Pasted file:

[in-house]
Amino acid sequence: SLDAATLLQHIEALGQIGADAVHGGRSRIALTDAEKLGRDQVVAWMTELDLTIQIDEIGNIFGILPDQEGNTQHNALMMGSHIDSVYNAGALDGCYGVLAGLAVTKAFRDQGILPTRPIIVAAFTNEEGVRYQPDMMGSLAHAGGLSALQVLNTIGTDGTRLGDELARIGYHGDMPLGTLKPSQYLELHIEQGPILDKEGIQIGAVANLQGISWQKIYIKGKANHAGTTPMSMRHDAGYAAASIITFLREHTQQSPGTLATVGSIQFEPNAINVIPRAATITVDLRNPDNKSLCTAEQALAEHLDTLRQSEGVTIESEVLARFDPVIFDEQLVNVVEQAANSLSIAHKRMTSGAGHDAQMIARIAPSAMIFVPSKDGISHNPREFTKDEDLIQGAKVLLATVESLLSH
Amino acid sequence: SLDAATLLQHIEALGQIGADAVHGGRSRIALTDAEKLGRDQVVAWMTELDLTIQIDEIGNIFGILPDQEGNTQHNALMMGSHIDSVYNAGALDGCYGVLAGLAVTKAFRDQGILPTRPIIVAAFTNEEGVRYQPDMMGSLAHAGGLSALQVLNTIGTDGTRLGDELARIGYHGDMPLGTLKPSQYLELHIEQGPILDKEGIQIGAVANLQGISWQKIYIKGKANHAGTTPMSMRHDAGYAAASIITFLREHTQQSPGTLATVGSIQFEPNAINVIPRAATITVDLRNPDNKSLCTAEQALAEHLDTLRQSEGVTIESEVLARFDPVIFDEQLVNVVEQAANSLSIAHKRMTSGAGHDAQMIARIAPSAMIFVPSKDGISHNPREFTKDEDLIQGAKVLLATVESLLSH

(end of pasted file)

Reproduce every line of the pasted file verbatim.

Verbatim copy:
[in-house]
Amino acid sequence: SLDAATLLQHIEALGQIGADAVHGGRSRIALTDAEKLGRDQVVAWMTELDLTIQIDEIGNIFGILPDQEGNTQHNALMMGSHIDSVYNAGALDGCYGVLAGLAVTKAFRDQGILPTRPIIVAAFTNEEGVRYQPDMMGSLAHAGGLSALQVLNTIGTDGTRLGDELARIGYHGDMPLGTLKPSQYLELHIEQGPILDKEGIQIGAVANLQGISWQKIYIKGKANHAGTTPMSMRHDAGYAAASIITFLREHTQQSPGTLATVGSIQFEPNAINVIPRAATITVDLRNPDNKSLCTAEQALAEHLDTLRQSEGVTIESEVLARFDPVIFDEQLVNVVEQAANSLSIAHKRMTSGAGHDAQMIARIAPSAMIFVPSKDGISHNPREFTKDEDLIQGAKVLLATVESLLSH
Amino acid sequence: SLDAATLLQHIEALGQIGADAVHGGRSRIALTDAEKLGRDQVVAWMTELDLTIQIDEIGNIFGILPDQEGNTQHNALMMGSHIDSVYNAGALDGCYGVLAGLAVTKAFRDQGILPTRPIIVAAFTNEEGVRYQPDMMGSLAHAGGLSALQVLNTIGTDGTRLGDELARIGYHGDMPLGTLKPSQYLELHIEQGPILDKEGIQIGAVANLQGISWQKIYIKGKANHAGTTPMSMRHDAGYAAASIITFLREHTQQSPGTLATVGSIQFEPNAINVIPRAATITVDLRNPDNKSLCTAEQALAEHLDTLRQSEGVTIESEVLARFDPVIFDEQLVNVVEQAANSLSIAHKRMTSGAGHDAQMIARIAPSAMIFVPSKDGISHNPREFTKDEDLIQGAKVLLATVESLLSH